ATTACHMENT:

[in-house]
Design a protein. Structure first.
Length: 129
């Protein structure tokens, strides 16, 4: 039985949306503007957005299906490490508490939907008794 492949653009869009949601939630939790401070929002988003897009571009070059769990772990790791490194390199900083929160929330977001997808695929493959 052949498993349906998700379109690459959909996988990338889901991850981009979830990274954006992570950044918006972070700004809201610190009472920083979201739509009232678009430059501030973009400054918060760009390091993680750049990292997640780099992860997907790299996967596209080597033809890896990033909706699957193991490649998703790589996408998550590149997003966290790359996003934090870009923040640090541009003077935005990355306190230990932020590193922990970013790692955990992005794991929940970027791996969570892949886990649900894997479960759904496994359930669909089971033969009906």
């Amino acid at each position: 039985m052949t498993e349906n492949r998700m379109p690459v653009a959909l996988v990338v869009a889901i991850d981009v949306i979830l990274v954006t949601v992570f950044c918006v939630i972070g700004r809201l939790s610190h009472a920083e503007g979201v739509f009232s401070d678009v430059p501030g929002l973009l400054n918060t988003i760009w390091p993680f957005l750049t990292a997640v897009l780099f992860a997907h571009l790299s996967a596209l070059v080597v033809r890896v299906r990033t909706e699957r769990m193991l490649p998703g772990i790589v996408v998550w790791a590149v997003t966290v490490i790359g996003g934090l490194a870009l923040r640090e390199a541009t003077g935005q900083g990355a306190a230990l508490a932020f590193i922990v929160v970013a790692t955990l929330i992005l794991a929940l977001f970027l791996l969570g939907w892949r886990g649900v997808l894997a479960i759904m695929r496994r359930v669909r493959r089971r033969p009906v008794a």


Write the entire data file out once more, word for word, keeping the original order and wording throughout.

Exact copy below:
[in-house]
Design a protein. Structure first.
Length: 129
């Protein structure tokens, strides 16, 4: 039985949306503007957005299906490490508490939907008794 492949653009869009949601939630939790401070929002988003897009571009070059769990772990790791490194390199900083929160929330977001997808695929493959 052949498993349906998700379109690459959909996988990338889901991850981009979830990274954006992570950044918006972070700004809201610190009472920083979201739509009232678009430059501030973009400054918060760009390091993680750049990292997640780099992860997907790299996967596209080597033809890896990033909706699957193991490649998703790589996408998550590149997003966290790359996003934090870009923040640090541009003077935005990355306190230990932020590193922990970013790692955990992005794991929940970027791996969570892949886990649900894997479960759904496994359930669909089971033969009906």
């Amino acid at each position: 039985m052949t498993e349906n492949r998700m379109p690459v653009a959909l996988v990338v869009a889901i991850d981009v949306i979830l990274v954006t949601v992570f950044c918006v939630i972070g700004r809201l939790s610190h009472a920083e503007g979201v739509f009232s401070d678009v430059p501030g929002l973009l400054n918060t988003i760009w390091p993680f957005l750049t990292a997640v897009l780099f992860a997907h571009l790299s996967a596209l070059v080597v033809r890896v299906r990033t909706e699957r769990m193991l490649p998703g772990i790589v996408v998550w790791a590149v997003t966290v490490i790359g996003g934090l490194a870009l923040r640090e390199a541009t003077g935005q900083g990355a306190a230990l508490a932020f590193i922990v929160v970013a790692t955990l929330i992005l794991a929940l977001f970027l791996l969570g939907w892949r886990g649900v997808l894997a479960i759904m695929r496994r359930v669909r493959r089971r033969p009906v008794a």